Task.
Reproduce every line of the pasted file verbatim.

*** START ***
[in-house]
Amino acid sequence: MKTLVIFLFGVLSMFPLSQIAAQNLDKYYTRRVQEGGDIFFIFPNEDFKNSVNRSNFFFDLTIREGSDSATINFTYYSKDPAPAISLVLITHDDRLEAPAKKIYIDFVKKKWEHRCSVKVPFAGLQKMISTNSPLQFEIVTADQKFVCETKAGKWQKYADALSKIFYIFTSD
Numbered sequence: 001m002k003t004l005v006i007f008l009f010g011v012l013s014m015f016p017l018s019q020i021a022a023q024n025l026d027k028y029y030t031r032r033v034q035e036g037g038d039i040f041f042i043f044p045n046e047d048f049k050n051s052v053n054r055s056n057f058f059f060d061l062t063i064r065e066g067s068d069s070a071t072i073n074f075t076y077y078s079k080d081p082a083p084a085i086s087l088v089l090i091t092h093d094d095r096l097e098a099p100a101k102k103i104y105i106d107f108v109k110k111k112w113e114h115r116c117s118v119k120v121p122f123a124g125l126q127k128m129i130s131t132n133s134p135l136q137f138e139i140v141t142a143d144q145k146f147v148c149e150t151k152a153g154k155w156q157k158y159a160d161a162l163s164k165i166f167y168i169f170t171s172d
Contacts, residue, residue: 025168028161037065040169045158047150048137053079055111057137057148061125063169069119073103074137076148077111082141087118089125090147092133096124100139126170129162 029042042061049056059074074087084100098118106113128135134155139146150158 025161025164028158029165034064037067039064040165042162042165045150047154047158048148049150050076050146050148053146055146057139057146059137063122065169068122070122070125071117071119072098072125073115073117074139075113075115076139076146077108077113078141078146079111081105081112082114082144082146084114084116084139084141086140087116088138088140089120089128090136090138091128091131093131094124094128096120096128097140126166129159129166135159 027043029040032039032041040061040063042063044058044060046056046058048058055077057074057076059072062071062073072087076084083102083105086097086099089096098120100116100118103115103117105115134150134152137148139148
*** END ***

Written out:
[in-house]
Amino acid sequence: MKTLVIFLFGVLSMFPLSQIAAQNLDKYYTRRVQEGGDIFFIFPNEDFKNSVNRSNFFFDLTIREGSDSATINFTYYSKDPAPAISLVLITHDDRLEAPAKKIYIDFVKKKWEHRCSVKVPFAGLQKMISTNSPLQFEIVTADQKFVCETKAGKWQKYADALSKIFYIFTSD
Numbered sequence: 001m002k003t004l005v006i007f008l009f010g011v012l013s014m015f016p017l018s019q020i021a022a023q024n025l026d027k028y029y030t031r032r033v034q035e036g037g038d039i040f041f042i043f044p045n046e047d048f049k050n051s052v053n054r055s056n057f058f059f060d061l062t063i064r065e066g067s068d069s070a071t072i073n074f075t076y077y078s079k080d081p082a083p084a085i086s087l088v089l090i091t092h093d094d095r096l097e098a099p100a101k102k103i104y105i106d107f108v109k110k111k112w113e114h115r116c117s118v119k120v121p122f123a124g125l126q127k128m129i130s131t132n133s134p135l136q137f138e139i140v141t142a143d144q145k146f147v148c149e150t151k152a153g154k155w156q157k158y159a160d161a162l163s164k165i166f167y168i169f170t171s172d
Contacts, residue, residue: 025168028161037065040169045158047150048137053079055111057137057148061125063169069119073103074137076148077111082141087118089125090147092133096124100139126170129162 029042042061049056059074074087084100098118106113128135134155139146150158 025161025164028158029165034064037067039064040165042162042165045150047154047158048148049150050076050146050148053146055146057139057146059137063122065169068122070122070125071117071119072098072125073115073117074139075113075115076139076146077108077113078141078146079111081105081112082114082144082146084114084116084139084141086140087116088138088140089120089128090136090138091128091131093131094124094128096120096128097140126166129159129166135159 027043029040032039032041040061040063042063044058044060046056046058048058055077057074057076059072062071062073072087076084083102083105086097086099089096098120100116100118103115103117105115134150134152137148139148